"Samaria" signified the spiritual church, that is the church in which charity and faith make one; but after it became perverted "Samaria" signified the church in which charity is separated from faith, and in which faith is even declared to be the essential; therefore also it then signified the church in which there is no longer any truth, because there is no good, but in place of good the evil of life, and in place of truth the falsity of doctrine. This is here signified by "Samaria is discomfited;" the falsity of its doctrine is signified by "her king is as foam upon the faces of the waters," "king" signifying truth, and in a contrary sense, as here, falsity; "foam upon the faces of the waters" signifying what is empty and separated from truths, "waters" meaning truths; "the high places of Aven shall be destroyed" signifies the destruction of principles of falsity and of the reasonings therefrom of those who are in that worship, which viewed in itself is interiorly idolatrous; for those who are in the evil of life and the falsities of doctrine worship themselves and the world; "the thorn and the thistle shall come up on their altars" signifies that truth falsified and evil therefrom, shall be in all their worship, "altars" meaning all worship.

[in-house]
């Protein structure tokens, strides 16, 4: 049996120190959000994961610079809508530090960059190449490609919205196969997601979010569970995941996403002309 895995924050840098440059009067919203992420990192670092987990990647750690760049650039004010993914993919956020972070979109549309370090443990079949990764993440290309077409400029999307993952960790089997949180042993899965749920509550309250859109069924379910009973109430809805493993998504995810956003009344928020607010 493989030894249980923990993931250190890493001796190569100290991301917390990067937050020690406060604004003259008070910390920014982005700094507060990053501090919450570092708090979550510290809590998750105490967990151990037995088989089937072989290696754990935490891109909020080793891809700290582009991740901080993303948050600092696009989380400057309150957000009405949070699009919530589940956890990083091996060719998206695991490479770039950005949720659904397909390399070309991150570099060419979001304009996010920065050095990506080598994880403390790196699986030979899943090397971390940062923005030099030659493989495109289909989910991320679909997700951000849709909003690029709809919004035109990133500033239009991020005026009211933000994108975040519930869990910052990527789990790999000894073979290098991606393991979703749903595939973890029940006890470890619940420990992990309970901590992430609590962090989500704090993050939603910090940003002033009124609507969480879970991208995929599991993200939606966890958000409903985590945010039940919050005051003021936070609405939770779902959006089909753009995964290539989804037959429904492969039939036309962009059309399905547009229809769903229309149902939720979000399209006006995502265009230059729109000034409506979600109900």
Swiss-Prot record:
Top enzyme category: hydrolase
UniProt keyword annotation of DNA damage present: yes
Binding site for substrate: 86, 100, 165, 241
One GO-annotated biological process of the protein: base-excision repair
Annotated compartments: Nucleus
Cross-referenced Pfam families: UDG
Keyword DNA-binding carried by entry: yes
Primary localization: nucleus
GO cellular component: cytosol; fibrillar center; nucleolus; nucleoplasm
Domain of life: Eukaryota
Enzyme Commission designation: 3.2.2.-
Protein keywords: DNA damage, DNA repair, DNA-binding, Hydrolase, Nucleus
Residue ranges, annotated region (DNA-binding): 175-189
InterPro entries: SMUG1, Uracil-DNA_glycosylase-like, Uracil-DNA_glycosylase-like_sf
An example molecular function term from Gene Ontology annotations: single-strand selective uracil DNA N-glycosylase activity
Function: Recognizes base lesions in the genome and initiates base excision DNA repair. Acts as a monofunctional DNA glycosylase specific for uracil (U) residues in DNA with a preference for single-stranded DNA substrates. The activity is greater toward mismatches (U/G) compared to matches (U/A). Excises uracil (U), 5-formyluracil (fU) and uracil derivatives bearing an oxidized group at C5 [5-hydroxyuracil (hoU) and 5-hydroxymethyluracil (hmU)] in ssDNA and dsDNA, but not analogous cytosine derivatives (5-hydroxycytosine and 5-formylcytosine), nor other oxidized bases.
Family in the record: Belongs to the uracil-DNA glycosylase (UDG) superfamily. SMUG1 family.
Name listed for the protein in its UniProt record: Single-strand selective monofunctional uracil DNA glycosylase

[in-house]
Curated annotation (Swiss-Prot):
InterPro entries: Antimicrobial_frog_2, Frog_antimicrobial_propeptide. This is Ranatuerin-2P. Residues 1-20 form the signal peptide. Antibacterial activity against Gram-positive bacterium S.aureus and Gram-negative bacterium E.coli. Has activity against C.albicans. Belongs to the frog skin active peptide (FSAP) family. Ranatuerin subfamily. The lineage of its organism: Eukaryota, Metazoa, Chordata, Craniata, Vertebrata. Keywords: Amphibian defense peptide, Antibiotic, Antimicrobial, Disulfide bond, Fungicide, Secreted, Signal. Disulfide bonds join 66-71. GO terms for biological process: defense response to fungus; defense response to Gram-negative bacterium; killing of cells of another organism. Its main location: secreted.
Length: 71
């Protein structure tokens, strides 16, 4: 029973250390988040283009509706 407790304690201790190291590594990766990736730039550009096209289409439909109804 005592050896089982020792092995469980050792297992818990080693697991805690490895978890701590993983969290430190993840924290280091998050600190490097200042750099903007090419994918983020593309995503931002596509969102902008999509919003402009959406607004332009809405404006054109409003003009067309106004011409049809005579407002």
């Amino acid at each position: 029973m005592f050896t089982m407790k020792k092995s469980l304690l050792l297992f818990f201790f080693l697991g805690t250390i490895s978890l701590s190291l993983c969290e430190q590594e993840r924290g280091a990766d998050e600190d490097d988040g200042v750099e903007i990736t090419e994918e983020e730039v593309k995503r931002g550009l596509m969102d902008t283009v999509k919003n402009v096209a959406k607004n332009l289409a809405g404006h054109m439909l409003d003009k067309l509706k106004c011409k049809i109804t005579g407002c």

In Amos:
In the day that I shall visit the transgressions of Israel upon him, I will visit upon the altars of Bethel, that the horns of the altar may be hewn down and fall to the earth (Amos 3:14).